“How old is he?” the woman asks coolly, nodding toward Jacob. She has oversized sunglasses and a sharp blonde bob. Although it’s 90 degrees and humid in late morning at the park, her skin is still matte with foundation.
You look down at Jacob, his oversized head, his wide blue eyes, his wavering legs, and your back clenches. You feel your forehead sweating. You want to say, Fuck off, it’s none of your business how old he is. The woman’s daughter has already clambered up the ladder (“Look at me, Mommy! I’m climbing so high look at me!”) to the tallest slide on the playground. The girl’s hair is slicked into two French braids, and she’s wearing a pink sundress with white bike shorts under it.
And another part of you wants to tell the woman, You have to understand, he was born at 26 weeks. We didn’t know if he was going to make it. You want to tell her about sitting outside the NICU with your deflating belly, in yoga pants and flip-flops and greasy hair, and peering in at all the children in their isolettes as a nurse moved from bed to bed in a dim glow. You had only been able to feel the baby moving inside you for a few weeks, and then suddenly he was in the plastic bed in a tiny diaper and knit hat, covered with wires. Jacob’s bed was close to the wall, and after the first week the nurses allowed you to tape a picture of you and David to the outside and put a Beanie Baby cat at Jacob’s feet. While looking in, you’d catch a glimpse of your reflection in the window and see a haunted woman with a gray face and hollowed eyes.
One day, you’ll put this behind you, people told you. Your mother-in-law said, Someday he’ll be a healthy boy and you’ll be able to tell people how he fought for life and made it. You wanted to believe them, but you knew they were speaking out of their own desires, their own strong wish that you and David and Jacob could be a normal family like everyone else. You loved and hated them for it. In the comings and goings of the NICU, you saw that even good parents, normal people just like everyone else, could leave the hospital without their babies. You couldn’t meet those parents’ eyes, but you saw how the nurses hugged them and spoke to them in gentle tones.
And then you brought Jacob home and thought you had made it, escaped. Thank goodness for modern medicine, right? But as the months passed and you read message boards and parenting books, uneasiness lingered. Oh, he’s fine, you worry too much, David said, and then went off to work, leaving you with a limp baby who barely cried or smiled. Different babies develop differently, said the pediatrician at every visit. Preemies just need some extra time to catch up. Until finally at the one-year visit, she frowned and wrote a referral to a specialist on her pad and said, We really need to get this checked out. And that was when you started to understand the not-knowing might continue for a long, long time.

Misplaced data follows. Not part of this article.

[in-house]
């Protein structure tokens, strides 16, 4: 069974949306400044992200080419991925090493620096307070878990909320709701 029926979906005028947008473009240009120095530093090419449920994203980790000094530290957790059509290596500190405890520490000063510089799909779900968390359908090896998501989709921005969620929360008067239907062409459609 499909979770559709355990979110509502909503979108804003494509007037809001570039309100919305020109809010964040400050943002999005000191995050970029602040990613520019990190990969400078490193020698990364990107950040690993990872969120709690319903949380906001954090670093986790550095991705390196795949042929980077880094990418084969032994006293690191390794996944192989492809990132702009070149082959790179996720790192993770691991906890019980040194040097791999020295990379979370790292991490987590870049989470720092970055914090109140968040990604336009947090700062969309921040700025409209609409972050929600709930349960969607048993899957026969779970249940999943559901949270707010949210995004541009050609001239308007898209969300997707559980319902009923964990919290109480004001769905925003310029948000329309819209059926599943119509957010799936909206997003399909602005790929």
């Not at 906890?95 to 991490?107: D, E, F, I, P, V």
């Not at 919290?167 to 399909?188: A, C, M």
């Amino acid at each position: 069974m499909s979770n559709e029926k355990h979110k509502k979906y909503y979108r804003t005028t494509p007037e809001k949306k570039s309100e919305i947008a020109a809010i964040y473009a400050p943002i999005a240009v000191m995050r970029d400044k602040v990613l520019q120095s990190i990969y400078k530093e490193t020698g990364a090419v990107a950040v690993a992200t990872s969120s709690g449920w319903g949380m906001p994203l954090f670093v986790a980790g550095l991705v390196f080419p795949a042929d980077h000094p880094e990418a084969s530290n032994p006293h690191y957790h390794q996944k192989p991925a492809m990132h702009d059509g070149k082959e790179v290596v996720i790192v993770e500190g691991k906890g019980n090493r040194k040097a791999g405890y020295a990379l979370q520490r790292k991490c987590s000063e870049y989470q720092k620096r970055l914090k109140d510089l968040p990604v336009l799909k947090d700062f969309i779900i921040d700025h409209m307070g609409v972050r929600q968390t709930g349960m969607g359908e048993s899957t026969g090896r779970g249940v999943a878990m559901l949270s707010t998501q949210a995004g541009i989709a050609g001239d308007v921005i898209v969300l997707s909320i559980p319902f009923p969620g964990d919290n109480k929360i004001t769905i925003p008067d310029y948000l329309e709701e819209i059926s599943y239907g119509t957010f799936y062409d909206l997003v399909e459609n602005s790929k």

The little girl launches herself down the slide and flies off the end, running with momentum as her feet hit the ground. Her mother grins and waves to her. And Jacob is still clutching the ladder, hitting it with one open palm and staring at it as if it didn’t occur to him that he might climb it.
“He’s three,” you say, and you can feel the tears in your eyes and hope your voice doesn’t sound too husky. You turn away.
“Are you okay?” she says.
You shake your head. It’s the question, it’s the heat, it’s the enormity of a future where other children race away from him. “I know he’s delayed,” you choke out. “He can’t help it. We’re doing the best we can.”
The woman pushes her sunglasses up on her head and you can see the beginnings of kind wrinkles around her eyes. “Oh, goodness. I’m so sorry. I didn’t mean it that way. I was just making conversation.” She turns away for a moment and says, “Sarah! Stop splashing in the water fountain this instant.”
You pull a crumpled tissue out of your pocket and wipe your nose. Jacob watches Sarah as she dashes to the swings and flops on her belly, her legs and braids dangling, and she flies forward Superman-style and then lurches back.
“Look,” the woman says, “we just moved here and I don’t know anyone. You want to get out of this heat and go get coffee?”
Your arms and legs feel weak as the adrenaline drains from them. You remember the rooftop garden at the hospital where patients and families could go and sit. At the time, you were filled with grateful wonder: Someone had known you would need daisies and petunias and a view of the city skyline at sunset.
“That would be great,” you say. “Thanks.” And you swing Jacob up on your hip to go.